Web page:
When I was diagnosed with depression, I assumed that it would be something that, with treatment, would get better. A one-off tough period in my life.
That’s what an illness is, isn’t it?! Something you can recover from completely.
I understood it might take time to recover but I was aiming for that upward line on the graph. It was a shock that it didn’t quite happen that way.
Around six months down the line, when I thought I was on the road to recovery, I started to go down hill again.
It came out of nowhere, literally overnight. I pleaded with myself; please don’t let this be happening again.
I couldn’t understand it.
I had been working so hard – going to counselling, hypnotherapy and also taking anti-depressants.
So why was I feeling that I was on the downward slide again?
My GP explained to me, that sometimes depression doesn’t go away completely. It becomes something we learn to manage.
I was so disappointed in myself – I was working so hard to be better. To recover.
All those feelings I had leading up to being diagnosed came flooding back. I wondered how on earth could I battle this for the rest of my life?
I had started to care little about my appearance. I was sleeping during the day, every day and I couldn’t see past the fog that clouded every thought. I had feelings of guilt towards my family and friends; they would also have to cope with me being like this. I had to find a way of managing this, not just for me but also for them.
Taking it back to basics
I am incredibly lucky to have a solid support base around me. I didn’t realise at the time, but they are also aware of the signs when I am going down hill.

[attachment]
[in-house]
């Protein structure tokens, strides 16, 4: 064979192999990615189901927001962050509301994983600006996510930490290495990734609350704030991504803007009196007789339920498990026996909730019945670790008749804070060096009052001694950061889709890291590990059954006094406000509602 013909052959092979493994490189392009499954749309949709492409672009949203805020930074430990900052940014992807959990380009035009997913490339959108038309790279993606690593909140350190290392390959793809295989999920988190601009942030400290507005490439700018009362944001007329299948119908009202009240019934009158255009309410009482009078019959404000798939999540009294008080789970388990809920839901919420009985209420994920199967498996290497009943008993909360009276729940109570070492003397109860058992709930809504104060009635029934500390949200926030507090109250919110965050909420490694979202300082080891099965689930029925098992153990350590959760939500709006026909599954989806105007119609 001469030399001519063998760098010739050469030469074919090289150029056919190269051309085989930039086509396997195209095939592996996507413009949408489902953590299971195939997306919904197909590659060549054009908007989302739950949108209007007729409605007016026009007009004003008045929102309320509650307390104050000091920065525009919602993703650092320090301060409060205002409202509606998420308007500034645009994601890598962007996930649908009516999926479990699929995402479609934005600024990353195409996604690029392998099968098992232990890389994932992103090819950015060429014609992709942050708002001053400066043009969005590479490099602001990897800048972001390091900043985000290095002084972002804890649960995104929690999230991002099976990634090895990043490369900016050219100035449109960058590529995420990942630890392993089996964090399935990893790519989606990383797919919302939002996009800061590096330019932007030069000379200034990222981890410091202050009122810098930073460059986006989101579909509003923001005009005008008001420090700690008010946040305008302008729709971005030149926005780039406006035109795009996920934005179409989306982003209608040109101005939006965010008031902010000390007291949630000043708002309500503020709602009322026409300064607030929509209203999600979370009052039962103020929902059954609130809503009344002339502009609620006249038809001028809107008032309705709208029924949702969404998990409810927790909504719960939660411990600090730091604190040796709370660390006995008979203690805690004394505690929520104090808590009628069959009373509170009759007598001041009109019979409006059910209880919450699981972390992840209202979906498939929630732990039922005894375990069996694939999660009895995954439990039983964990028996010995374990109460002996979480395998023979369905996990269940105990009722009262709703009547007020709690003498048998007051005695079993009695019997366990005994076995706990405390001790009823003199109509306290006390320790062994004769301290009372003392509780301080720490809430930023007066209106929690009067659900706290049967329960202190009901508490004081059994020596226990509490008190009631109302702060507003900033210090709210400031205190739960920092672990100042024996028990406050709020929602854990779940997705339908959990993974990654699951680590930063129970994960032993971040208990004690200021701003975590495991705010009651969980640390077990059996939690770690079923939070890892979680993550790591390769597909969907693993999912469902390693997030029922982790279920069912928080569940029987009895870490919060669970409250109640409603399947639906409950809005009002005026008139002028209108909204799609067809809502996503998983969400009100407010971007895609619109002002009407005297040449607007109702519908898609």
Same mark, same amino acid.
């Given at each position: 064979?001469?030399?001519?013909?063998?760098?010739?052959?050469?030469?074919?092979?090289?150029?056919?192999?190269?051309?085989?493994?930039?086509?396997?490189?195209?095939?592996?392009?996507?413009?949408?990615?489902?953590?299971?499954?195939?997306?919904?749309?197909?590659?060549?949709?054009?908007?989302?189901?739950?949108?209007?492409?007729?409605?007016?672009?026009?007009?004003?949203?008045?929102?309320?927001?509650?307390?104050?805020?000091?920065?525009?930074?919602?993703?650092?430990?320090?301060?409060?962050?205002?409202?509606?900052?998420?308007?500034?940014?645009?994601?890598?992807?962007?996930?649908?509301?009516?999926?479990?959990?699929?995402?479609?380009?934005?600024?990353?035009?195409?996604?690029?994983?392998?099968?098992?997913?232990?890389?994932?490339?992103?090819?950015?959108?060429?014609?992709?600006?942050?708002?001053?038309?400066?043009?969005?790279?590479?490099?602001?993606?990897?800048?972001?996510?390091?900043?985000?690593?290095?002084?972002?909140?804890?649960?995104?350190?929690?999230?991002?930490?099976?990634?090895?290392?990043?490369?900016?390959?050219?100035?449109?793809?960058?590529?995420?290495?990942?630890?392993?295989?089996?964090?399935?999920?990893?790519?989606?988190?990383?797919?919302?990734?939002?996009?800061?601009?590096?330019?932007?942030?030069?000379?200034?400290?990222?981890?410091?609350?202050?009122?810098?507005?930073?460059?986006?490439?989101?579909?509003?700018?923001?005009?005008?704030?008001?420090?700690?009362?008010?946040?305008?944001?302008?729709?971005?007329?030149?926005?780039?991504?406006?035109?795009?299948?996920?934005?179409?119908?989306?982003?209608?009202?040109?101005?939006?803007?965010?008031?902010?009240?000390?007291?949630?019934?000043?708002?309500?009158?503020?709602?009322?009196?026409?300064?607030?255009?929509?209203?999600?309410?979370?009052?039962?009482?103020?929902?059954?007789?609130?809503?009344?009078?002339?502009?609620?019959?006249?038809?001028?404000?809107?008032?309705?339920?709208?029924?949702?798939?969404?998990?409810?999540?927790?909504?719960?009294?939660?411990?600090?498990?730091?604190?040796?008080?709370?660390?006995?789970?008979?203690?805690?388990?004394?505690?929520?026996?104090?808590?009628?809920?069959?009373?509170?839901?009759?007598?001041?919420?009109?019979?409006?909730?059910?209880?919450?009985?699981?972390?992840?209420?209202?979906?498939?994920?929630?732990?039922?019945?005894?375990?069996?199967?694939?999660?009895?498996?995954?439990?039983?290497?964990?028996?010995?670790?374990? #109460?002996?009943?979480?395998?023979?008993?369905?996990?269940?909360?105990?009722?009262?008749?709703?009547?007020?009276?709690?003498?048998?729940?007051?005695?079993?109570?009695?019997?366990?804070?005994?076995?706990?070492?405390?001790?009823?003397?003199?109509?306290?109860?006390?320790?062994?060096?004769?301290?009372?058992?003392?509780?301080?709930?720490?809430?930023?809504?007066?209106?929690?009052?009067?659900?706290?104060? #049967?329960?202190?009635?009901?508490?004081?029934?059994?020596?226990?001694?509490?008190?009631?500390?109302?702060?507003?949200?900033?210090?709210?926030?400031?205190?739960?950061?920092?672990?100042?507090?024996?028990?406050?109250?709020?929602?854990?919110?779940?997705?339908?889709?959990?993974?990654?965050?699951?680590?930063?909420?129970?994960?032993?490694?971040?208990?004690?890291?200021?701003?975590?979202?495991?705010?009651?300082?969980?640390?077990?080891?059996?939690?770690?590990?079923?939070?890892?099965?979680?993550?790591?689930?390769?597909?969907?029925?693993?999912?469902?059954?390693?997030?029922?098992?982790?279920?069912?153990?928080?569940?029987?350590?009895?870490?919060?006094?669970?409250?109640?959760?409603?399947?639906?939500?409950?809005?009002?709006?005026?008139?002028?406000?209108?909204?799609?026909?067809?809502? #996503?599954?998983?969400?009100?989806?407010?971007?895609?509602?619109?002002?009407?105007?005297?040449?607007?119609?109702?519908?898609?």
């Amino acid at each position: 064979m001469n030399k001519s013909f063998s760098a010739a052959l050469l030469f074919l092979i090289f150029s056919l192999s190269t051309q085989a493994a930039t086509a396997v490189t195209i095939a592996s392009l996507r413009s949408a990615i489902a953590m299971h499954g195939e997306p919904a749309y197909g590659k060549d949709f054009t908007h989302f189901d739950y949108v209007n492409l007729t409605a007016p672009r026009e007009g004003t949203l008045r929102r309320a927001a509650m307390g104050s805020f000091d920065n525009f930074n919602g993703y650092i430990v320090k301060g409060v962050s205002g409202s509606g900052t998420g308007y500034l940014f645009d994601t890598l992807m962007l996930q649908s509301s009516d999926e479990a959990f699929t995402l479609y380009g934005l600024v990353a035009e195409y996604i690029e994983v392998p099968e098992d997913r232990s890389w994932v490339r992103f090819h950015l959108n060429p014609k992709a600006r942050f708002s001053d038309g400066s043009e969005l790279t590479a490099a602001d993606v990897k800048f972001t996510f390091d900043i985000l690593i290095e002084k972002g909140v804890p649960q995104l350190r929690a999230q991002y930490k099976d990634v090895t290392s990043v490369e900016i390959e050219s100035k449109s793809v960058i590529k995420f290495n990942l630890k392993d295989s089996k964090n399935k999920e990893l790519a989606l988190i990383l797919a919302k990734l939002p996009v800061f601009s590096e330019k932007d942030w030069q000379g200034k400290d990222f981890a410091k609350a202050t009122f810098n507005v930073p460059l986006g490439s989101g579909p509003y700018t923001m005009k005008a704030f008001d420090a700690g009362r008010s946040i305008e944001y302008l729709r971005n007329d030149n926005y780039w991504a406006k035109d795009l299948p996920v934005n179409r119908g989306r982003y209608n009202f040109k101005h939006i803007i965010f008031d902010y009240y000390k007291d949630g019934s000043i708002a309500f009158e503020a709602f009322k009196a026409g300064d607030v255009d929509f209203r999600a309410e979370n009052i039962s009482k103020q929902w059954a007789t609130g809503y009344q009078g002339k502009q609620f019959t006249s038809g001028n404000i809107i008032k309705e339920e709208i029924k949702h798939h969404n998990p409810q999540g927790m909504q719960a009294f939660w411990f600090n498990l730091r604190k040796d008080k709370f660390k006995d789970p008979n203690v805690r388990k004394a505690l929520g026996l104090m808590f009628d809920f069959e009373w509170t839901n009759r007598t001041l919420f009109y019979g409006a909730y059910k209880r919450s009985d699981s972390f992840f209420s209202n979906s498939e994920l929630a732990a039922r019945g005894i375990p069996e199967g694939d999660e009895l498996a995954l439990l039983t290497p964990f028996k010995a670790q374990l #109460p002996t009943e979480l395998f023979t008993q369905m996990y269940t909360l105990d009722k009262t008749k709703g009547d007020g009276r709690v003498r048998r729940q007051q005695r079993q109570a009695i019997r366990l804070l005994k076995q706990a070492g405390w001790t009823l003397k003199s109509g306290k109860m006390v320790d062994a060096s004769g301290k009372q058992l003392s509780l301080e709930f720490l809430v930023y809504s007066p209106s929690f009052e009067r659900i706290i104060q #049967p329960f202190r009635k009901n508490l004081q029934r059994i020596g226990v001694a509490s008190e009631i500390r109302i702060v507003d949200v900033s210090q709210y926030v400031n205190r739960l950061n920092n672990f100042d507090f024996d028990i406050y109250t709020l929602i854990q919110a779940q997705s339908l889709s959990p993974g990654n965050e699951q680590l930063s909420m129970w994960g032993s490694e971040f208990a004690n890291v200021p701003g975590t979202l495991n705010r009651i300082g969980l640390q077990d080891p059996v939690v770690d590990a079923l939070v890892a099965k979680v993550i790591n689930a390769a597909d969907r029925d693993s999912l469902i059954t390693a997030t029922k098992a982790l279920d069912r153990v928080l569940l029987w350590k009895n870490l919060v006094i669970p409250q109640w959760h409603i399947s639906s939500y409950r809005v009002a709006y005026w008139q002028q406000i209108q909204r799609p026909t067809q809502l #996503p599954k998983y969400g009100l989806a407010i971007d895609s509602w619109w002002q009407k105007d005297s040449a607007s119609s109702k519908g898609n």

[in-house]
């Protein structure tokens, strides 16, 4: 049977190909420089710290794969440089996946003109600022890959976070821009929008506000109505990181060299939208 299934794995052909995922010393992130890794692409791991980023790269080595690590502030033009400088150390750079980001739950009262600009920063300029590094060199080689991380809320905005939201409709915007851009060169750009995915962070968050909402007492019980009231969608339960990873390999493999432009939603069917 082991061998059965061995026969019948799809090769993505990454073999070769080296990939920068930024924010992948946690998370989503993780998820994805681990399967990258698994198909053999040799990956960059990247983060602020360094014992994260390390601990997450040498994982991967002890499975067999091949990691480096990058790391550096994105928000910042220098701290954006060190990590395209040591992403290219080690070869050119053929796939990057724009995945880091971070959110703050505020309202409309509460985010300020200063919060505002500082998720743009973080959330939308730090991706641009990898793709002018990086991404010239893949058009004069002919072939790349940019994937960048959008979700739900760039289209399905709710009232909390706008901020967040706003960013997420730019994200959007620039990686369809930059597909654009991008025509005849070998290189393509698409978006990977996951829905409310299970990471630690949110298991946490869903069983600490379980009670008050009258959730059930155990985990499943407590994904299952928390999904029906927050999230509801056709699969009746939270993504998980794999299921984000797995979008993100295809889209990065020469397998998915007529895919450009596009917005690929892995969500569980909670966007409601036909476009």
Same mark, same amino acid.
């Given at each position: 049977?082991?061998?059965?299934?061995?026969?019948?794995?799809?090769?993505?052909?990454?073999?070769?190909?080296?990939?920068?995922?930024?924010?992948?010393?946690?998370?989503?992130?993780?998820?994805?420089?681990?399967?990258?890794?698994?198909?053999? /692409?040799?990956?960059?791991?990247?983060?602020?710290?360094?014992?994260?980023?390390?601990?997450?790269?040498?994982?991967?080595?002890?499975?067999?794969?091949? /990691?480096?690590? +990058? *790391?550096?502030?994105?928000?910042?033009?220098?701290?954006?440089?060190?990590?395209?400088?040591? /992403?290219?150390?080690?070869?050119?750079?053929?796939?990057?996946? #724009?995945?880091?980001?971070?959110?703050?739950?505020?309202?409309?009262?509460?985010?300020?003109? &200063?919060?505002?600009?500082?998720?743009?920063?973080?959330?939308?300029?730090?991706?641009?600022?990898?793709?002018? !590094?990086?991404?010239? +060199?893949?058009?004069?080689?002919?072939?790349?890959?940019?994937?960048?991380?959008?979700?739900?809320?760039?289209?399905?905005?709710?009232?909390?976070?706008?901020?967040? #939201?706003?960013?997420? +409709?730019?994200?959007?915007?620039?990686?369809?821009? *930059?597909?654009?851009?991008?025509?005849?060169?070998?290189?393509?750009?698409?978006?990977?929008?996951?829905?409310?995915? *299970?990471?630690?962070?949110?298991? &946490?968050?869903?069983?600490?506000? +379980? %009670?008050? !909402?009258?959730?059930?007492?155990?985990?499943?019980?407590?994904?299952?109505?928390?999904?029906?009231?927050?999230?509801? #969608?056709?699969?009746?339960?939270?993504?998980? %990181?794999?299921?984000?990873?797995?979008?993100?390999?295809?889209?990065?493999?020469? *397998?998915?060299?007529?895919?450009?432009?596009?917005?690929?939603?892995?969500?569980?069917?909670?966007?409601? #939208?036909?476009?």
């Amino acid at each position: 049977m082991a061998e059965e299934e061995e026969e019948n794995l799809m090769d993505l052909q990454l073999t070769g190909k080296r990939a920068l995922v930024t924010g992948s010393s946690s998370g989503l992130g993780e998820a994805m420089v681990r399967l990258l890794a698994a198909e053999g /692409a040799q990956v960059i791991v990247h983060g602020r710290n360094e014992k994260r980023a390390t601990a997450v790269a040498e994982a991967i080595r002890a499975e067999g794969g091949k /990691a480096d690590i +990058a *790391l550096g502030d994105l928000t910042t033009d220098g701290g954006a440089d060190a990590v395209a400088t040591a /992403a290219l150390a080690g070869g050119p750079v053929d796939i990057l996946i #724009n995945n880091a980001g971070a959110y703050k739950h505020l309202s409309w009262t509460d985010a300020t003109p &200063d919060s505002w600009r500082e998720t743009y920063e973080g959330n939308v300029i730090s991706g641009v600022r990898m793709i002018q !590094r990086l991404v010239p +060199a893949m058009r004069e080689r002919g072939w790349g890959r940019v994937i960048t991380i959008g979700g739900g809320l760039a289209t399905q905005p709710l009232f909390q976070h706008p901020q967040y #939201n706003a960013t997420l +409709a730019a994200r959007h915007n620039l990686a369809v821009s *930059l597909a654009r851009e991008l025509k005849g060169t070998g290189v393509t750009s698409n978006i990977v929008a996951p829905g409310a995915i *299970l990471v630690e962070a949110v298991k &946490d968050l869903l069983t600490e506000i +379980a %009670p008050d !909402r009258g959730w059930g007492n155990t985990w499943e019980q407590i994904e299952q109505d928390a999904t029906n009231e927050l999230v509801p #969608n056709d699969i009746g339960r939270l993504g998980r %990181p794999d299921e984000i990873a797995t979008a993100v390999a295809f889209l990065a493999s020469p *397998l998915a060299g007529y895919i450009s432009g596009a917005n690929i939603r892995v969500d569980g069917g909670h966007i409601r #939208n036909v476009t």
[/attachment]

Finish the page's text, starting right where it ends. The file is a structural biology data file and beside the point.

Depression is an ‘invisible’ illness. You assume the symptoms of depression are invisible to those around you.
My husband suggested that we come up with a kind of coping plan – a plan that we could follow when I was feeling unwell. A way of reminding me that these thoughts will pass. A way to go back to basics with the things which have helped me in the past.
Part of my plan is to make regular appointments with my GP, to keep an eye on my progress and to review medication. Those appointments are reassuring. They also give me something to aim for, something to shower for!
When I can feel depression sneaking back in, I tell my family “I’m going down hill again”. It’s not easy to say, it’s a big deal for me – to admit that aloud. I try not to see it as failure.
It’s hard to admit to others, but it’s a step towards acceptance and it means that you keep everyone in the loop. I also practice a little more self care during these times – these all sound obvious but they work for me:
- Have a bubble bath
- Listen to uplifting music
- Listen to inspiring podcasts
- Treat yourself to your favourite meal
- Watch your favourite TV show. Friends always makes me laugh. It’s also a bit of escapism which really helps even for a short while. It’s nice to have a break from your thoughts, a distraction.
The turning point for me was putting together a coping plan. Being prepared for these ‘oh no, not again’ moments. I make sure I talk to those closest to me. Even if I don’t want to. Even if it starts and ends with tears. It helps to tell someone I am struggling all over again.
Depression can creep up on you. You don’t always realise what’s happening. That’s why it’s good to talk to others. Allow them the honesty to say if you don’t seem yourself. It feels hard to hear it and can be difficult talk about it.
And at other times, depression can inexplicably descend on you overnight. Either way, I have to hold on to hope. To believe that the reverse is also true, that it can go, and it will go. It won’t beat me.
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